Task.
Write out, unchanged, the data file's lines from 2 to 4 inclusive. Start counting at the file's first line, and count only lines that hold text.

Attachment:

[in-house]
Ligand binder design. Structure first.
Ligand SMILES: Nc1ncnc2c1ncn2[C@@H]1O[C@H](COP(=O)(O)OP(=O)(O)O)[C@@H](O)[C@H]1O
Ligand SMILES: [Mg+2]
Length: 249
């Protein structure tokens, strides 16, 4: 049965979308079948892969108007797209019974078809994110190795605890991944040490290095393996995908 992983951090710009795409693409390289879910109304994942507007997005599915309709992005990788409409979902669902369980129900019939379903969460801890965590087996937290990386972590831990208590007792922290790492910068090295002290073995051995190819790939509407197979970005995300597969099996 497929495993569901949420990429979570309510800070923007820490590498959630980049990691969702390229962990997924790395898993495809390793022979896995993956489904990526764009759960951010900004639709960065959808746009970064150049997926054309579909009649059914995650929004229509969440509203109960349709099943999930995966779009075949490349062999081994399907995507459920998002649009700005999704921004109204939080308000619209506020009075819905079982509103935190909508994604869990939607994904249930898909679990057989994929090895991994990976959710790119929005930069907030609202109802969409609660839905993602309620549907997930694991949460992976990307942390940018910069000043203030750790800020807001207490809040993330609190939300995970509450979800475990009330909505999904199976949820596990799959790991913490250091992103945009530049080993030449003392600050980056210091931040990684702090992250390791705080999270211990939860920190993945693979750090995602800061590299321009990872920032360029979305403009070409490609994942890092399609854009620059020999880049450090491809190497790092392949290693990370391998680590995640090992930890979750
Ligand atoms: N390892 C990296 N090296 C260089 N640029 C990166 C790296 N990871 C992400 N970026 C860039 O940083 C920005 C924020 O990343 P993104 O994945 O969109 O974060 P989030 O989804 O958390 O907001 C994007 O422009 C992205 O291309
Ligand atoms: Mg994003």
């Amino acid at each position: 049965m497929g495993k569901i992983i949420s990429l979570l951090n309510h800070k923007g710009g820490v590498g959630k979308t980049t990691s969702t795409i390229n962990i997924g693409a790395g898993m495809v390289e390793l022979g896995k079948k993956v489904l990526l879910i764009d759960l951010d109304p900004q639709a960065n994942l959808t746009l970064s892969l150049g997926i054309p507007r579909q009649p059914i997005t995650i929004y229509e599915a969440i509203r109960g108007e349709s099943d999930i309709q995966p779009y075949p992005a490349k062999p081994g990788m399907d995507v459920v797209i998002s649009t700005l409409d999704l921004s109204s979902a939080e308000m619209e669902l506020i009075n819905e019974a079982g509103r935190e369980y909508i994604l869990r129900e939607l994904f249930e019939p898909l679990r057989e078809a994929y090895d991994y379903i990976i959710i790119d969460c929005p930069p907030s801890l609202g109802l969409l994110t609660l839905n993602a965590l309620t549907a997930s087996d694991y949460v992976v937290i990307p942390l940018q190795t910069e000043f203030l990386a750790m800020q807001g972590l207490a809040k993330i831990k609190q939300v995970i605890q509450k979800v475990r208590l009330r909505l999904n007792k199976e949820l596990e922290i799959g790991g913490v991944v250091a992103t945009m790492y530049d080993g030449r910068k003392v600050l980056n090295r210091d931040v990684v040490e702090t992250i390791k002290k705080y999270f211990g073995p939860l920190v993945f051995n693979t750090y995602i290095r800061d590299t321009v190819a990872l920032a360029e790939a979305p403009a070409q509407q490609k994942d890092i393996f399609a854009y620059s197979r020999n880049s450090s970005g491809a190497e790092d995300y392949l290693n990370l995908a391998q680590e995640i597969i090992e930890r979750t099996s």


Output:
Ligand binder design. Structure first.
Ligand SMILES: Nc1ncnc2c1ncn2[C@@H]1O[C@H](COP(=O)(O)OP(=O)(O)O)[C@@H](O)[C@H]1O
Ligand SMILES: [Mg+2]